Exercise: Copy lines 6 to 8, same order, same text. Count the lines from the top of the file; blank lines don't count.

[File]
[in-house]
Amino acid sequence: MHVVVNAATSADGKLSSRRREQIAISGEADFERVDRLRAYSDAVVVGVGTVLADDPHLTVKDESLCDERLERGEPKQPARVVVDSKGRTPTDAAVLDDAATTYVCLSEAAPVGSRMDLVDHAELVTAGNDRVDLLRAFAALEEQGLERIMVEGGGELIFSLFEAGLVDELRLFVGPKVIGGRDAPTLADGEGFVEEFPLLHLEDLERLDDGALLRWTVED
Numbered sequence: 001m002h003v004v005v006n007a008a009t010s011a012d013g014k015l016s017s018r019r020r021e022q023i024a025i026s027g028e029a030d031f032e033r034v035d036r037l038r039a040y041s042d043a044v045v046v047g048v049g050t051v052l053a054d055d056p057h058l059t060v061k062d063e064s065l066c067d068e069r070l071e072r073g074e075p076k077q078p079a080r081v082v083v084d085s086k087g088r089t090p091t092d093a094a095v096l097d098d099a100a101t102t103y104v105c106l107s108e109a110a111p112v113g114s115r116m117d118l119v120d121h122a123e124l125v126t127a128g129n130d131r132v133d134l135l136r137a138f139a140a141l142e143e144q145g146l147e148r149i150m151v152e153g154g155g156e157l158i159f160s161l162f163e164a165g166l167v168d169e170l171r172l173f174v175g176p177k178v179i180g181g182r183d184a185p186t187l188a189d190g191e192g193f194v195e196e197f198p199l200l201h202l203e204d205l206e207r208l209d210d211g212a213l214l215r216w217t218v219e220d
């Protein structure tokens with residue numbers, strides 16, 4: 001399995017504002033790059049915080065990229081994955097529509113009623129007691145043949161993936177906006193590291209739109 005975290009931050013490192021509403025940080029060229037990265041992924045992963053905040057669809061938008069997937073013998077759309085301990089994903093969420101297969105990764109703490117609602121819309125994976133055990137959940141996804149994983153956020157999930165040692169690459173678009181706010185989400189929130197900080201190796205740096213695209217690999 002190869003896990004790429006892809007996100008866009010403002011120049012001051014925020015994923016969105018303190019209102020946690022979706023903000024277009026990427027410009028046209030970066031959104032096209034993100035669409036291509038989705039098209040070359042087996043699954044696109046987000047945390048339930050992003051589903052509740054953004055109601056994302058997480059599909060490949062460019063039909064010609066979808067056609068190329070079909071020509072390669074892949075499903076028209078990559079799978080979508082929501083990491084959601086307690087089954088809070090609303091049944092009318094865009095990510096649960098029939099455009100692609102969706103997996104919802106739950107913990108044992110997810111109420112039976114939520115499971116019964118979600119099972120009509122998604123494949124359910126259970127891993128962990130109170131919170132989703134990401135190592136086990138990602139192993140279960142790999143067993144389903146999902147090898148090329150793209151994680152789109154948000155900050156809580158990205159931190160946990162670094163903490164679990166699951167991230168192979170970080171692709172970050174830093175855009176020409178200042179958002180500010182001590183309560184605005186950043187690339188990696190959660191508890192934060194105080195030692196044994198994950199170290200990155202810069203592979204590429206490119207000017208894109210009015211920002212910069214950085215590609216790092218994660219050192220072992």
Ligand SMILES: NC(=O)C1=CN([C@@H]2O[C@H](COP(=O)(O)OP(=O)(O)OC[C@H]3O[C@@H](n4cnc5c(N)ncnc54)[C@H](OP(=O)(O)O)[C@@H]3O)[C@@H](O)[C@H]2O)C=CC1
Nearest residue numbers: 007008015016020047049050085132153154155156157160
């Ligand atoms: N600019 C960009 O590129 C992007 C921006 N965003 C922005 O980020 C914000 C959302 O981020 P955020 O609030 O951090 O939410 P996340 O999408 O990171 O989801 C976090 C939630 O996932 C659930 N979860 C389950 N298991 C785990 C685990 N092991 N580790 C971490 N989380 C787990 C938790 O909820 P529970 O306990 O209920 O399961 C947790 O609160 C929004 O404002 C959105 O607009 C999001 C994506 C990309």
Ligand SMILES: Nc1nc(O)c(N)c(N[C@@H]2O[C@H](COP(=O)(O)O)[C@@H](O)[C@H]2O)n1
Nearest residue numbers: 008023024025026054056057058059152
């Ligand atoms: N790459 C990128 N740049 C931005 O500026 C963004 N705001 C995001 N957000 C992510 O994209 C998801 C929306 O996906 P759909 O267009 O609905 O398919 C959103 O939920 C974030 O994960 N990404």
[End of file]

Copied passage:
Nearest residue numbers: 007008015016020047049050085132153154155156157160
């Ligand atoms: N600019 C960009 O590129 C992007 C921006 N965003 C922005 O980020 C914000 C959302 O981020 P955020 O609030 O951090 O939410 P996340 O999408 O990171 O989801 C976090 C939630 O996932 C659930 N979860 C389950 N298991 C785990 C685990 N092991 N580790 C971490 N989380 C787990 C938790 O909820 P529970 O306990 O209920 O399961 C947790 O609160 C929004 O404002 C959105 O607009 C999001 C994506 C990309």
Ligand SMILES: Nc1nc(O)c(N)c(N[C@@H]2O[C@H](COP(=O)(O)O)[C@@H](O)[C@H]2O)n1